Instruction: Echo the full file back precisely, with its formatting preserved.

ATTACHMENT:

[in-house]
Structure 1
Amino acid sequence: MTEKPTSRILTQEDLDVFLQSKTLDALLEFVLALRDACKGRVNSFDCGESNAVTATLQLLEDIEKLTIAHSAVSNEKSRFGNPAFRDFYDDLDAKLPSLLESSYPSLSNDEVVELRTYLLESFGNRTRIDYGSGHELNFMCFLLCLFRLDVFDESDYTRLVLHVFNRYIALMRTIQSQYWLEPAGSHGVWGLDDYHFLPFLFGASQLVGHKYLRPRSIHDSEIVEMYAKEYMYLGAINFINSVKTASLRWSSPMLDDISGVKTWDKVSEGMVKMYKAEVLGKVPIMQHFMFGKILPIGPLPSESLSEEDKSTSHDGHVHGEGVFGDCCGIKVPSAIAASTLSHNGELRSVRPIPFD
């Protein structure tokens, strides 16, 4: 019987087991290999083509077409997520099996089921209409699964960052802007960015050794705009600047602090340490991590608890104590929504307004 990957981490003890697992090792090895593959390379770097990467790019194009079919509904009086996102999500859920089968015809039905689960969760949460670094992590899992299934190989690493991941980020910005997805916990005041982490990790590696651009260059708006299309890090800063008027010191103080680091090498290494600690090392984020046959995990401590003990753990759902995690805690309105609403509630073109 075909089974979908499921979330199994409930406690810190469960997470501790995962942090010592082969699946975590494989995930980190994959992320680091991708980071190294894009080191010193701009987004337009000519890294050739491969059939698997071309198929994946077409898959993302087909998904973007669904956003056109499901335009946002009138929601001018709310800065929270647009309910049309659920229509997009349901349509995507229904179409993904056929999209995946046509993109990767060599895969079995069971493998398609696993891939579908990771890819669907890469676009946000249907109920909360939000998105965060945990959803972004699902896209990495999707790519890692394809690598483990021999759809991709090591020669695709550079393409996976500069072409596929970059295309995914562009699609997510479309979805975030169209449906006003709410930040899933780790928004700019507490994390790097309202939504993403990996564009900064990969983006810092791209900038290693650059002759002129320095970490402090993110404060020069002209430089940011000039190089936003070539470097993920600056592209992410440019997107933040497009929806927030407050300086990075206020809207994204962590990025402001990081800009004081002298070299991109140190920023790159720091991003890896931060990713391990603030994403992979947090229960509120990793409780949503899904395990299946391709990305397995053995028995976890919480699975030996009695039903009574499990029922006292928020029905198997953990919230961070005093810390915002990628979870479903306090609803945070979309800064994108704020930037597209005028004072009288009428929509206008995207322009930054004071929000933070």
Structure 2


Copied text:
[in-house]
Structure 1
Amino acid sequence: MTEKPTSRILTQEDLDVFLQSKTLDALLEFVLALRDACKGRVNSFDCGESNAVTATLQLLEDIEKLTIAHSAVSNEKSRFGNPAFRDFYDDLDAKLPSLLESSYPSLSNDEVVELRTYLLESFGNRTRIDYGSGHELNFMCFLLCLFRLDVFDESDYTRLVLHVFNRYIALMRTIQSQYWLEPAGSHGVWGLDDYHFLPFLFGASQLVGHKYLRPRSIHDSEIVEMYAKEYMYLGAINFINSVKTASLRWSSPMLDDISGVKTWDKVSEGMVKMYKAEVLGKVPIMQHFMFGKILPIGPLPSESLSEEDKSTSHDGHVHGEGVFGDCCGIKVPSAIAASTLSHNGELRSVRPIPFD
């Protein structure tokens, strides 16, 4: 019987087991290999083509077409997520099996089921209409699964960052802007960015050794705009600047602090340490991590608890104590929504307004 990957981490003890697992090792090895593959390379770097990467790019194009079919509904009086996102999500859920089968015809039905689960969760949460670094992590899992299934190989690493991941980020910005997805916990005041982490990790590696651009260059708006299309890090800063008027010191103080680091090498290494600690090392984020046959995990401590003990753990759902995690805690309105609403509630073109 075909089974979908499921979330199994409930406690810190469960997470501790995962942090010592082969699946975590494989995930980190994959992320680091991708980071190294894009080191010193701009987004337009000519890294050739491969059939698997071309198929994946077409898959993302087909998904973007669904956003056109499901335009946002009138929601001018709310800065929270647009309910049309659920229509997009349901349509995507229904179409993904056929999209995946046509993109990767060599895969079995069971493998398609696993891939579908990771890819669907890469676009946000249907109920909360939000998105965060945990959803972004699902896209990495999707790519890692394809690598483990021999759809991709090591020669695709550079393409996976500069072409596929970059295309995914562009699609997510479309979805975030169209449906006003709410930040899933780790928004700019507490994390790097309202939504993403990996564009900064990969983006810092791209900038290693650059002759002129320095970490402090993110404060020069002209430089940011000039190089936003070539470097993920600056592209992410440019997107933040497009929806927030407050300086990075206020809207994204962590990025402001990081800009004081002298070299991109140190920023790159720091991003890896931060990713391990603030994403992979947090229960509120990793409780949503899904395990299946391709990305397995053995028995976890919480699975030996009695039903009574499990029922006292928020029905198997953990919230961070005093810390915002990628979870479903306090609803945070979309800064994108704020930037597209005028004072009288009428929509206008995207322009930054004071929000933070």
Structure 2